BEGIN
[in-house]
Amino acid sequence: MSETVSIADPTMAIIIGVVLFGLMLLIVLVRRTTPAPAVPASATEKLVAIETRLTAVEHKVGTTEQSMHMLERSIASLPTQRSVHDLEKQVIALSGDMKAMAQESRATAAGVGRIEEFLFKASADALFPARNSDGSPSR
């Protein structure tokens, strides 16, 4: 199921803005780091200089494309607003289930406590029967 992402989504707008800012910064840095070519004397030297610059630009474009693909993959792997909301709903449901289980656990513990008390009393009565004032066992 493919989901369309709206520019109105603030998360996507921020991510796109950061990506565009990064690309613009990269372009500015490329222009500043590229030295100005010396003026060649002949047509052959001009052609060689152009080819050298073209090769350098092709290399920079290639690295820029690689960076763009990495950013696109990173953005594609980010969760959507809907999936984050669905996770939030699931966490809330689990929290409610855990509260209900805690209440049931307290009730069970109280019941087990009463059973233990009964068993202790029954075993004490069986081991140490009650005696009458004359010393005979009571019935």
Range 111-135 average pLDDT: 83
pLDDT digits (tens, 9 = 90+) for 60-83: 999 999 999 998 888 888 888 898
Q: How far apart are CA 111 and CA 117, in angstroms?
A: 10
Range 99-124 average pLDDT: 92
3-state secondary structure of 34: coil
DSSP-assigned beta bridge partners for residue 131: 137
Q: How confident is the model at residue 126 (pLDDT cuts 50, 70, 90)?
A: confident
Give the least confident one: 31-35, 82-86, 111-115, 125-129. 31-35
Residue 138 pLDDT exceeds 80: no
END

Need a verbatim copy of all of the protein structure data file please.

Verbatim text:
[in-house]
Amino acid sequence: MSETVSIADPTMAIIIGVVLFGLMLLIVLVRRTTPAPAVPASATEKLVAIETRLTAVEHKVGTTEQSMHMLERSIASLPTQRSVHDLEKQVIALSGDMKAMAQESRATAAGVGRIEEFLFKASADALFPARNSDGSPSR
């Protein structure tokens, strides 16, 4: 199921803005780091200089494309607003289930406590029967 992402989504707008800012910064840095070519004397030297610059630009474009693909993959792997909301709903449901289980656990513990008390009393009565004032066992 493919989901369309709206520019109105603030998360996507921020991510796109950061990506565009990064690309613009990269372009500015490329222009500043590229030295100005010396003026060649002949047509052959001009052609060689152009080819050298073209090769350098092709290399920079290639690295820029690689960076763009990495950013696109990173953005594609980010969760959507809907999936984050669905996770939030699931966490809330689990929290409610855990509260209900805690209440049931307290009730069970109280019941087990009463059973233990009964068993202790029954075993004490069986081991140490009650005696009458004359010393005979009571019935």
Range 111-135 average pLDDT: 83
pLDDT digits (tens, 9 = 90+) for 60-83: 999 999 999 998 888 888 888 898
Q: How far apart are CA 111 and CA 117, in angstroms?
A: 10
Range 99-124 average pLDDT: 92
3-state secondary structure of 34: coil
DSSP-assigned beta bridge partners for residue 131: 137
Q: How confident is the model at residue 126 (pLDDT cuts 50, 70, 90)?
A: confident
Give the least confident one: 31-35, 82-86, 111-115, 125-129. 31-35
Residue 138 pLDDT exceeds 80: no